Cautious Kia expands diesel range
May 24, 2007, 4pm. Kia’s following its Korean corporate master Hyundai by expanding and actively promoting its diesel car and SUV range in New Zealand.
The company says it’s planning to add several new diesels, among them the Magentis CRDi (pictured), which it reckons will particularly appeal to fleets and company owners.
However, John Keenan, Kia’s head in New Zealand, says the company doesn’t want to “overload the market with diesel models they may not want or are not practical”.
He says it has only been since the introduction of the Euro 4 emissions standard that diesel cars have been developed with the drivability and technology that “meet the expectations of the buyer and society at large”.
High fossil fuel tax seen as greenhouse measure
May 24, 2007, 4pm. "A simple but substantial carbon tax on fossil fuels, sufficiently high to permanently change driver behaviour,” is being touted by Bob Field, Toyota New Zealand’s chief executive.
It would “reduce greenhouse gas emissions more, and at lesser compliance cost, than all the other regulations being contemplated combined," he said.
To avoid a carbon tax imposing hardship on low-income people, income taxes should be reduced at the lower end.
Field says “decisive action” to resolve the problem facing the motor industry of cutting greenhouse gas emissions has been frustrated by protracted debates on regulatory issues.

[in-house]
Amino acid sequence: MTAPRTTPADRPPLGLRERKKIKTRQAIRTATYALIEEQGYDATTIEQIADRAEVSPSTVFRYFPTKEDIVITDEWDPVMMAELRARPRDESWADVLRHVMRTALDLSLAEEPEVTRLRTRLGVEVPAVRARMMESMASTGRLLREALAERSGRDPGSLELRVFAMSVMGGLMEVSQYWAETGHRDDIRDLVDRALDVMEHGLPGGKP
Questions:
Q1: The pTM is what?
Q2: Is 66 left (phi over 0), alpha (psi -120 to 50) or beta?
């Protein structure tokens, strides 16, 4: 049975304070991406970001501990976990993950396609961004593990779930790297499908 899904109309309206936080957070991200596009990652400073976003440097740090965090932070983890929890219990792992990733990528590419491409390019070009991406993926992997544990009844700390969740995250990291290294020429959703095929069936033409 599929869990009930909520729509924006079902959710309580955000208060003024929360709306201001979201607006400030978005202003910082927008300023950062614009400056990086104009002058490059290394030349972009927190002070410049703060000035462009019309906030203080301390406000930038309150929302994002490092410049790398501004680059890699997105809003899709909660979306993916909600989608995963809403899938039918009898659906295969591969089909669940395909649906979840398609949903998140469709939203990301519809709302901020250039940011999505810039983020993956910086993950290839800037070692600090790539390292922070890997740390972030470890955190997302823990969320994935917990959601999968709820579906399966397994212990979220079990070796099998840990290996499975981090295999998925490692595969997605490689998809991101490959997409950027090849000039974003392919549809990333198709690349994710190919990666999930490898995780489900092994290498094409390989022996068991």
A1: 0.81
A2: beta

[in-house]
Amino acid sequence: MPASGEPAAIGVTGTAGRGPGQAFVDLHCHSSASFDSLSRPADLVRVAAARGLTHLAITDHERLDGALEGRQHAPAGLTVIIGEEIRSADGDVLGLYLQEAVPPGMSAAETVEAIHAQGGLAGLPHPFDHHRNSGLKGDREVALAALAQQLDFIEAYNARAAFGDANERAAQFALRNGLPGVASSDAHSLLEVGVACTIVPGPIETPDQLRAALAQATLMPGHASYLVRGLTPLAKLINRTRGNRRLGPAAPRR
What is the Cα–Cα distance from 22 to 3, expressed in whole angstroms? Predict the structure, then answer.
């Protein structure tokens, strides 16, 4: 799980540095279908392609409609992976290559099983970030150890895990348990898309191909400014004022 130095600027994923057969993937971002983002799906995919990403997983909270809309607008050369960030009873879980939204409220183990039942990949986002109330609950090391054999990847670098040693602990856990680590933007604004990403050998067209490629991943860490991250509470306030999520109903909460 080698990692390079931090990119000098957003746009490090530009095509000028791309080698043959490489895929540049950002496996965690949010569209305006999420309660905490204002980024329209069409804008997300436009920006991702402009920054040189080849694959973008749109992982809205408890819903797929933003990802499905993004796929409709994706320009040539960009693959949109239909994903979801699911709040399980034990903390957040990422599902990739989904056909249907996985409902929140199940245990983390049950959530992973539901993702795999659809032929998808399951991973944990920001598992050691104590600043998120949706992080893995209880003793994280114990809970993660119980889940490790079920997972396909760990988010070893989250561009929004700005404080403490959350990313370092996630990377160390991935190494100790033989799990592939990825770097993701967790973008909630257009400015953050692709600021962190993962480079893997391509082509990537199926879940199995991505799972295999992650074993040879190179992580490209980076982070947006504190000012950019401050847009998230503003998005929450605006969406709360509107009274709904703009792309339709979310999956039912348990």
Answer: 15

Most governments had opted for a range of market interventions by subsidising renewable energy initiatives or by imposing minimum standards on the products and services that consume fossil fuels.
"The biggest problem with these market interventions is they primarily influence the new inputs into the market only, and do little to influence existing car driver behaviour," he said.
Mitsi, Yuasa put current in electric car
May 24, 2007, 4pm. Mitsubishi has announced a joint venture with GS Yuasa to produce lithium-ion batteries for electric vehicles from 2009.
The batteries are expected to deliver 10 times greater capacity than today’s batteries and can be recharged from high-speed three phase outlets or standard household mains.
They’ll be fitted to Mitsubishi’s fully electric i-car, coming in 2010, and can be used by other auto manufacturers as well as in various industrial applications.